- Click the button I’m testing for this made up test
- Point to a zero byte file
- Click OK
Of the many different types of bugs testers find in products, “asserts” seem to be the most obvious. Vastly simplified, an “assert” is a piece of code that checks for some unexpexted condition before continuing, and pops up a dialog if those conditions are not met. A simple example would be checking for a denominator of zero before dividing, and in C# the code would look something like this:
double numerator = 1;
Assert (denominator !=0)
MessageBox.Show(“denominator = 0”);
//skip the rest of the code
double result = numerator / denominator;
The #if DEBUG tells the compiler to only add this section of code if a debug build is being compiled. Debug builds have a lot of this type of code in them, and are used for internal use only – they run much slower than builds we ship that they are useful only for troubleshooting and because they include so much error checking, are much larger file-size wise. And you can imagine how annoying it is to have pop ups interrupting your work flow.
The Assert command works like English: “I assert the following statement is true: the value of the denominator is not zero.” If that statement is true, the code continues to run. If it is not true, then I know I am in an unexpected state, and need to find out why before trying to continue running the code.
So what happens, if you are running a debug build, is that the code in the #if statement gets compiled and executed. In this case, the denominator value may be zero, so the system will pop up a message box to let me know we are in an error state, and break out of the code before trying to divide by zero. This would be more useful if the value of denominator were set somewhere else – for instance, if some other function had called this divide function and passed in a zero value of a denominator, the assert will point out the error before trying to divide by zero. When debugging the code, I can more easily tell that I am in an error state. How I got into the error state may still be a mystery, but at least I have a starting point.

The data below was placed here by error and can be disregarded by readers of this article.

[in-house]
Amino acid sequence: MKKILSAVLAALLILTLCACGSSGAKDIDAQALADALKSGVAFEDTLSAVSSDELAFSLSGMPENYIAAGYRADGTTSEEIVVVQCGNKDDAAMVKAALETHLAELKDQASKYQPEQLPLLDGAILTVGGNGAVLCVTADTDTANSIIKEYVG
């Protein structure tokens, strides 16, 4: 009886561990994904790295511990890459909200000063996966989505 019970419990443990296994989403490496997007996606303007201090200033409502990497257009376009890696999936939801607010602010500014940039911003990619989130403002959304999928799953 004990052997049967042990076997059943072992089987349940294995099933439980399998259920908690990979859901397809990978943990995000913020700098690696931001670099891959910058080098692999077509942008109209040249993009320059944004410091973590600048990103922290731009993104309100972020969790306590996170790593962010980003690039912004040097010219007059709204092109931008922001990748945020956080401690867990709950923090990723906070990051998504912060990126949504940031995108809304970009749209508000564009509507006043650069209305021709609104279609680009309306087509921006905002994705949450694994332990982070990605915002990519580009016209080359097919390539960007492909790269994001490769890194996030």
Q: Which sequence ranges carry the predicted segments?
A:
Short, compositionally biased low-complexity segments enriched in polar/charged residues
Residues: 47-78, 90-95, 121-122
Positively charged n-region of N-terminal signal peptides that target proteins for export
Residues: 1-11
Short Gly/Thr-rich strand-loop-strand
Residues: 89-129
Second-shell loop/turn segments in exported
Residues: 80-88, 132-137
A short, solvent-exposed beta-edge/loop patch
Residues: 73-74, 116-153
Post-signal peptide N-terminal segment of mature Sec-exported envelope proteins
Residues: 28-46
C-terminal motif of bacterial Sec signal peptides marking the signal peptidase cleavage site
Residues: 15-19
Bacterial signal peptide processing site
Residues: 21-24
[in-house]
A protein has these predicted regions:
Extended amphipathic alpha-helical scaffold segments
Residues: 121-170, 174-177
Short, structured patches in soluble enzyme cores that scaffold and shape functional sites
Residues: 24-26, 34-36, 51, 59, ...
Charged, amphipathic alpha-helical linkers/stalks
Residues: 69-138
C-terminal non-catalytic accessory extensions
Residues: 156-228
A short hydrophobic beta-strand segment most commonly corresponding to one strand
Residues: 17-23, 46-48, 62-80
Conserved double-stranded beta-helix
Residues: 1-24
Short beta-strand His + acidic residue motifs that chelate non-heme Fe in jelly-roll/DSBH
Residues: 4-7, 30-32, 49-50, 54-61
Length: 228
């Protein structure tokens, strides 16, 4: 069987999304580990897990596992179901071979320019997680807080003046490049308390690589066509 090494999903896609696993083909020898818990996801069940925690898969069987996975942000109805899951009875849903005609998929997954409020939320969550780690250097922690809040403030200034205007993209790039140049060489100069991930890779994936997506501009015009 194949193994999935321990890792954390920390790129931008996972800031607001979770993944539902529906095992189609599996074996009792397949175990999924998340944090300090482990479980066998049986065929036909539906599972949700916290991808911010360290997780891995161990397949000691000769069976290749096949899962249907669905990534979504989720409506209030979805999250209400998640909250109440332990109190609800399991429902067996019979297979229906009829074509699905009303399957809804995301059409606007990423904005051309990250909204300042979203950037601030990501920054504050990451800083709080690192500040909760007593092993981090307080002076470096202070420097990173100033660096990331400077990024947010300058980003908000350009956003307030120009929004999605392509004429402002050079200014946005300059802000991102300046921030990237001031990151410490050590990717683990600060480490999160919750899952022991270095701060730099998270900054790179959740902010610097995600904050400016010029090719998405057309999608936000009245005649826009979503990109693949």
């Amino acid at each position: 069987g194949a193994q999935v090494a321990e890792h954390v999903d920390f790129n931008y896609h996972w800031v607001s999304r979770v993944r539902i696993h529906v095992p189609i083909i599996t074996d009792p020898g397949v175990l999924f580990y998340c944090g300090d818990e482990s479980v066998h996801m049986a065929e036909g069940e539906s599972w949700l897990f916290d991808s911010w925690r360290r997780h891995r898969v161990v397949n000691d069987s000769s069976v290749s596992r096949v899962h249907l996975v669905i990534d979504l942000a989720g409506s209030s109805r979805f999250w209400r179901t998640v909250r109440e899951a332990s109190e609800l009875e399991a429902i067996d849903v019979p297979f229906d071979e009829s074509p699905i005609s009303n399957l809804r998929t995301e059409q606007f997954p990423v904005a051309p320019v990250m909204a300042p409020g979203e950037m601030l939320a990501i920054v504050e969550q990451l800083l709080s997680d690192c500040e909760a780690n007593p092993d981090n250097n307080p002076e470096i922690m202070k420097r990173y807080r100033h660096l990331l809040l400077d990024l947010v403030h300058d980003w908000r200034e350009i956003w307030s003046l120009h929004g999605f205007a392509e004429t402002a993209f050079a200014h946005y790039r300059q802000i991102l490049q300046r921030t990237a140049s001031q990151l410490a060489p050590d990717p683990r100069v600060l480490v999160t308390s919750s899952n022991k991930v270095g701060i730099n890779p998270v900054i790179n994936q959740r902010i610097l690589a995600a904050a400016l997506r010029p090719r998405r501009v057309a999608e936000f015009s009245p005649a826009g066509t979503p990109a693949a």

(Purists can point out that I really could use an “if” statement to check for a zero denominator and avoid the Assert functionality, but I’m trying to keep it simple with this example).
Another use for the #if DEBUG statement can be seen in my table sums addin. I have a statement that opens a pop up message immediately after the toolbar button is clicked, but only in debug builds. This made it easier to attach a debugger to a running process, and let me step through my code as I was troubleshooting. The version of the addin I released, though, was the Ship version, and the compiler ignored those three lines.
So bugs that we enter regarding asserts are usually pretty simple:
Result: Assert fires: “File size is zero bytes!”
And the expectation in this case is that since zero byte files are allowed to exist, we need to take that into account in whatever routine is being called from step 2.
There is much more to be said about asserts. This just scratches the surface…
Questions, comments, concerns and criticisms always welcome,